Gymnastics in China

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Last weekend, there were various reports circulating about former Chinese  gymnast  Zhang Shangwu who is living on the streets  in China and begging for money. A few blogs and gymnastics news websites picked up on the story – Gymnastics Examiner, International Gymnast – which has helped to draw interest to Shangwu’s situation.

It seems now that things may be looking up for Shangwu thanks to the  media coverage that has been drawn to him since a passerby took a photograph of him during a street performance;

A non-profit organization, and the owner of a hotel chain were reported to have expressed their willingness to offer Zhang a job, and the Championship Foundation, established by short track speed skating gold medalist Yang Yang, said the foundation is contacting Zhang to offer “appropriate psychological counseling”.

Great news for Shangwu, and hopefully it all works out for him. Of course this has spurred on another discussion on how China treats it’s top athletes, using a “Soviet – Style”  or “whole nation” approach. Malcolm Moore from the Telegraph discusses how the Chinese scout out their top talent from a young age and how they groom them, once their careers are over the gymnasts are left alone to adjust to a “normal” lifestyle;

Under the “whole nation” system, China roots out talented young children and puts them in special academies from as young as four years old.

If they are able to progress, athletes who make the cut are put into a relentless training programme, filled with targets they must regularly hit, and paid by the government a monthly wage of between 1,000 yuan and 3,000 yuan a month (£96 to £288).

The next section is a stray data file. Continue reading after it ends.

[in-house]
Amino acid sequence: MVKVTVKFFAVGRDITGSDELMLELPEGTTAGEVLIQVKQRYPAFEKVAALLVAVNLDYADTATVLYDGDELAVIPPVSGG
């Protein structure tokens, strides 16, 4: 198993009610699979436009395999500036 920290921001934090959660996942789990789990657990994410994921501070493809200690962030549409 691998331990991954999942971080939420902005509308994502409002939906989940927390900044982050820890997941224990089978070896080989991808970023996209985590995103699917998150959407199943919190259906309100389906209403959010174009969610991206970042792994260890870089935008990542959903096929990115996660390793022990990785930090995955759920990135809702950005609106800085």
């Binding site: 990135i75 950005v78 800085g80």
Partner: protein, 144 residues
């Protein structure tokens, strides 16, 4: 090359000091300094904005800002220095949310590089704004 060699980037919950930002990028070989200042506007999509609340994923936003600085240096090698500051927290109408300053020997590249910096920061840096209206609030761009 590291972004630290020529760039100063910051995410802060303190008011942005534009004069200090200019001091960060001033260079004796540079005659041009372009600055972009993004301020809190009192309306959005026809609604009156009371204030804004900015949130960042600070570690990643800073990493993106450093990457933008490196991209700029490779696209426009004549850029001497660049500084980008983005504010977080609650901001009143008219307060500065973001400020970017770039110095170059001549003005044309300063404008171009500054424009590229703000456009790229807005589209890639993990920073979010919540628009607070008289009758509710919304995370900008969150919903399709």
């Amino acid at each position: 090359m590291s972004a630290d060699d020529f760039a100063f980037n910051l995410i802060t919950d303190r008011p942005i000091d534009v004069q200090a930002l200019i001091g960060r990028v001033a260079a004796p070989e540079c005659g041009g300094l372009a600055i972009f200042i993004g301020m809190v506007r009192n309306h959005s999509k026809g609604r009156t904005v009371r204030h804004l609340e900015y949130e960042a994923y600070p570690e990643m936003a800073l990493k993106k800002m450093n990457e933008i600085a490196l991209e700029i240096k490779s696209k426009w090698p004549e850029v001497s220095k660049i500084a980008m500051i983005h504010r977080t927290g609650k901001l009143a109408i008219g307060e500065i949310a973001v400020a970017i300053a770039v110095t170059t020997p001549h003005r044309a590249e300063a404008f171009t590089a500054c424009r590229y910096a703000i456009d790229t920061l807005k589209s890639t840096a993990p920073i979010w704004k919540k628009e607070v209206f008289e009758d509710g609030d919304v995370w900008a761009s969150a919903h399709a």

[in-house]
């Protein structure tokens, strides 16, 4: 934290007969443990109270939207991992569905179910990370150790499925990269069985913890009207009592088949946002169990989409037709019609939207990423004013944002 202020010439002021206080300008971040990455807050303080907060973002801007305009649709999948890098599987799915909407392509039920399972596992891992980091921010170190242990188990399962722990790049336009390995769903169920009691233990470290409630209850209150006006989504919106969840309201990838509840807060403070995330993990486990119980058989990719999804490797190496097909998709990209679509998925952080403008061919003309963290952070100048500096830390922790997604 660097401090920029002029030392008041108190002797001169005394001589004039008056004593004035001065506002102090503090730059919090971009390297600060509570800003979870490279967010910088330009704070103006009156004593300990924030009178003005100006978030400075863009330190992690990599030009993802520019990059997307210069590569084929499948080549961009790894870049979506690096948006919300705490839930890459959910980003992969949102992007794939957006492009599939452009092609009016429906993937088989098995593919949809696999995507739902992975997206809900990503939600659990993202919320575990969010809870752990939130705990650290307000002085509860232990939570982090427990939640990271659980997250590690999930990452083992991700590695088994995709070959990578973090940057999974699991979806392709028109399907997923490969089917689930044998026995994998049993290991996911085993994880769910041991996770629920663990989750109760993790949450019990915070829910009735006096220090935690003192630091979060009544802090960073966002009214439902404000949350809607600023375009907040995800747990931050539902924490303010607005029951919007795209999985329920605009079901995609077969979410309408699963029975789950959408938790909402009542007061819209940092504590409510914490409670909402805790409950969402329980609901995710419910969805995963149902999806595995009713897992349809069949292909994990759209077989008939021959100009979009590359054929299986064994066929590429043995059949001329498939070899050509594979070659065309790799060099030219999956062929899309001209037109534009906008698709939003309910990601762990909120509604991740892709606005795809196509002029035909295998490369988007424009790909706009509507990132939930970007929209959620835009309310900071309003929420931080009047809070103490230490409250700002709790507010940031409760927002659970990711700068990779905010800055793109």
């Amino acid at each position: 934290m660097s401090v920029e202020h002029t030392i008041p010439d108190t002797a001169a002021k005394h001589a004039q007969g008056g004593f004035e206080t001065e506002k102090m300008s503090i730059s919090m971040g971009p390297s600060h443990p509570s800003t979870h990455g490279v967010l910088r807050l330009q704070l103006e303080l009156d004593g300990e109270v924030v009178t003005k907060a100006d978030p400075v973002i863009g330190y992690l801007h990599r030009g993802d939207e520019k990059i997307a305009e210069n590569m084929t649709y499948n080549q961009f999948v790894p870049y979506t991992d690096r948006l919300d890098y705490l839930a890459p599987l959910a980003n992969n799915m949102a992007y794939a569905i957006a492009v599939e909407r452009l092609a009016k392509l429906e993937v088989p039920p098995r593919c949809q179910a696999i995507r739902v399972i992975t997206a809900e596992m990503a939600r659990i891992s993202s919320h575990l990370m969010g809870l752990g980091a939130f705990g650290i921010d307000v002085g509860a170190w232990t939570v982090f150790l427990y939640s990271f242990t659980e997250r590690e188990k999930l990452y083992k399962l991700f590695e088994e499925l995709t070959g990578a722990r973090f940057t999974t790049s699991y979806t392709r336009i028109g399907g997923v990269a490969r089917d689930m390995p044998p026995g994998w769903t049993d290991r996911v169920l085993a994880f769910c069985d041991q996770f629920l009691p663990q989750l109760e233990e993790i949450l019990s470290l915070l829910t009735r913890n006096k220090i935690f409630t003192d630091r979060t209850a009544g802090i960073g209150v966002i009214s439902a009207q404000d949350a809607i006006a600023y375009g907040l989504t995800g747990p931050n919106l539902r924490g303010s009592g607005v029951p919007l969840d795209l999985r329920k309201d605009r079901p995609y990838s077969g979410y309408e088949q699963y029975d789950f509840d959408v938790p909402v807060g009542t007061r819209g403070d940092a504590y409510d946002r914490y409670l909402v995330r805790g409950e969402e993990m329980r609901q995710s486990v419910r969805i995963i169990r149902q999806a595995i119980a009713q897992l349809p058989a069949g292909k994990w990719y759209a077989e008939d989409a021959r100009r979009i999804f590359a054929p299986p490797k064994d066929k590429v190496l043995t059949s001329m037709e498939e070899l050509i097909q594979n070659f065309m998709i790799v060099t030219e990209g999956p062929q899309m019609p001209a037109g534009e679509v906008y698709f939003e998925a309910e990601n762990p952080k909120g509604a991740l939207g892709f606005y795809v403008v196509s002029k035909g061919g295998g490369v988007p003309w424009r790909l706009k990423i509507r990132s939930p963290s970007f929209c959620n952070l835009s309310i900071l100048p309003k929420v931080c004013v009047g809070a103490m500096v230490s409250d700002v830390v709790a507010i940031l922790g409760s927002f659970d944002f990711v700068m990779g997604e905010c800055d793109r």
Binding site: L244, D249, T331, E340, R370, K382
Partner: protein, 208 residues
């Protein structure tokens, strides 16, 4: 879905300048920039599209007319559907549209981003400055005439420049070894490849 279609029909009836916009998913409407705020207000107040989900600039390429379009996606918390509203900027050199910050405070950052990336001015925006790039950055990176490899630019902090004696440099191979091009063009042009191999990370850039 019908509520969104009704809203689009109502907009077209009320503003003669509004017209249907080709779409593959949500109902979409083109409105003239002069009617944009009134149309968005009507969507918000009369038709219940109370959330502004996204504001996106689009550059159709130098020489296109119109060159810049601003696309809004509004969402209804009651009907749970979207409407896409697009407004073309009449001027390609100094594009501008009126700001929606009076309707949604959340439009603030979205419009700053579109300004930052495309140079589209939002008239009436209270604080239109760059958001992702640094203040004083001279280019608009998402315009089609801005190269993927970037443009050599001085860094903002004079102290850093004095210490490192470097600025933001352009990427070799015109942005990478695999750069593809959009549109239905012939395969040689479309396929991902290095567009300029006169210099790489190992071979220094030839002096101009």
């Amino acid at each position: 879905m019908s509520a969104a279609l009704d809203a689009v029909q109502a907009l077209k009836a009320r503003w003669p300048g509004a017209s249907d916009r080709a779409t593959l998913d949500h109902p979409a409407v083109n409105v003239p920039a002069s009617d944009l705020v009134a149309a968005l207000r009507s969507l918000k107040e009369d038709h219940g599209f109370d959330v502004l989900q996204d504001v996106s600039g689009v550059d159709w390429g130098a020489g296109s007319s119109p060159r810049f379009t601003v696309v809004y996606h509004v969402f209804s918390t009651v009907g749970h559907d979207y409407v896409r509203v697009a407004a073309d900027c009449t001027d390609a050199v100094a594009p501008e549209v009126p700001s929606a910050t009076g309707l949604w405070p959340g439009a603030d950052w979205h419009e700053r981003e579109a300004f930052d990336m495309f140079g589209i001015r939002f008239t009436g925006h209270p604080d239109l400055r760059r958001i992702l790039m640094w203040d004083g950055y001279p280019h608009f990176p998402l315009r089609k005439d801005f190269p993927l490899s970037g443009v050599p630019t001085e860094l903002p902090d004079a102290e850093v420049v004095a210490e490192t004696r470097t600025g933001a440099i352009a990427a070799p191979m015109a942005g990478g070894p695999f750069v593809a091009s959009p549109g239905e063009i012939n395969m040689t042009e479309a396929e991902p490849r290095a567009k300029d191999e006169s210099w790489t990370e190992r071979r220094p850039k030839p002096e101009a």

Each year, the best athletes are sent to national training centres in Beijing, where they compete to enter China’s national team. If they succeed, they will move with their families into the training centre and live there all year round.

Gymnastics is one of the top sports in China and seems to always be in the spotlight somehow, whether it’s “torturing photos” or age scandals or mistreatment, it’s always somehow in the news every few months.Those who have seen into China’s gymnastics system have often been shocked at what they have seen, like Sir Matthew Pinset;

“I know it is gymnastics and that sport has to start its athletes young,” he said, before the Beijing games. “But I have to say I was really shocked. I do think those kids are being abused.” One note, found pinned to the wall of the training centre before the Beijing Olympics simply read: “Leaders put pressure on us, subordinates put pressure on us, pressure each other. Pressure yourself. There will be no breakthrough without the hardest hardship. You cannot be a champion without going through the ultimate pressure”.

Read the full article on the Telegraph website. One of the most fantastic articles written about China’s powerhouse is by the BBC’s Ollie Williams. I hope that the former Chinese champions and Olympians will be treated better than Zhang Shangwu has been and that the current media attention will highlight the issue to keep everyone safe in the future.

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